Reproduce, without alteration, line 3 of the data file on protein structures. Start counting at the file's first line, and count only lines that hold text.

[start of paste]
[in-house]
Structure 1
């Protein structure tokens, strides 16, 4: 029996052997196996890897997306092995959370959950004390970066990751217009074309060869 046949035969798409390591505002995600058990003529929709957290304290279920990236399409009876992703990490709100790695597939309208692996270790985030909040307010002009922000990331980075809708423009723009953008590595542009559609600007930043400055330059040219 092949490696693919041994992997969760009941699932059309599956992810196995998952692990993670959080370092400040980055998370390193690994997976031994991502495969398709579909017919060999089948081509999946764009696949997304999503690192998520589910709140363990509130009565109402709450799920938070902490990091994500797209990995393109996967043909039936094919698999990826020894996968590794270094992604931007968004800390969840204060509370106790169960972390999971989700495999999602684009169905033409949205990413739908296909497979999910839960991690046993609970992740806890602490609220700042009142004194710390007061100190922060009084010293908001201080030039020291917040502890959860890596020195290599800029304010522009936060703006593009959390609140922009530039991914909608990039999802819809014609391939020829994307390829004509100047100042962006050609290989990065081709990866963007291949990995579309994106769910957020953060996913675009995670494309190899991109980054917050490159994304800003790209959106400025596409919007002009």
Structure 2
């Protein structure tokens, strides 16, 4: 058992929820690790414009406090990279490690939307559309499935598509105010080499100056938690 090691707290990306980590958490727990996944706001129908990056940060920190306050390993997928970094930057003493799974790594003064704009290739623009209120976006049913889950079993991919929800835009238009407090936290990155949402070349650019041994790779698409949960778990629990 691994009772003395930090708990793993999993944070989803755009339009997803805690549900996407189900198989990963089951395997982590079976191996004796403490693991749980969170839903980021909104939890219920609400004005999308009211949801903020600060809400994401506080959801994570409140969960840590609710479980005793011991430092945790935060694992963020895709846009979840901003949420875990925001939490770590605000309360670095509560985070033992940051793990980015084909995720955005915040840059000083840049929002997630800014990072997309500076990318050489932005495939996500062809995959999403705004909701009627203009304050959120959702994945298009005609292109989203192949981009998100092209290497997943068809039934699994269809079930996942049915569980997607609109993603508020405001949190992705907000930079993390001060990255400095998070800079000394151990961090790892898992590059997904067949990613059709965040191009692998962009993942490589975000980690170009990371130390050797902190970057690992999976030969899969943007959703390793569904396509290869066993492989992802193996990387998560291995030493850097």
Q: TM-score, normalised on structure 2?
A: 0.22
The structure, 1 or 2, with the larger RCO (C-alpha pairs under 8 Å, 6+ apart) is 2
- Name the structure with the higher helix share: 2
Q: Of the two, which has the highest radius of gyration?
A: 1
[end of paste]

């Protein structure tokens, strides 16, 4: 029996052997196996890897997306092995959370959950004390970066990751217009074309060869 046949035969798409390591505002995600058990003529929709957290304290279920990236399409009876992703990490709100790695597939309208692996270790985030909040307010002009922000990331980075809708423009723009953008590595542009559609600007930043400055330059040219 092949490696693919041994992997969760009941699932059309599956992810196995998952692990993670959080370092400040980055998370390193690994997976031994991502495969398709579909017919060999089948081509999946764009696949997304999503690192998520589910709140363990509130009565109402709450799920938070902490990091994500797209990995393109996967043909039936094919698999990826020894996968590794270094992604931007968004800390969840204060509370106790169960972390999971989700495999999602684009169905033409949205990413739908296909497979999910839960991690046993609970992740806890602490609220700042009142004194710390007061100190922060009084010293908001201080030039020291917040502890959860890596020195290599800029304010522009936060703006593009959390609140922009530039991914909608990039999802819809014609391939020829994307390829004509100047100042962006050609290989990065081709990866963007291949990995579309994106769910957020953060996913675009995670494309190899991109980054917050490159994304800003790209959106400025596409919007002009």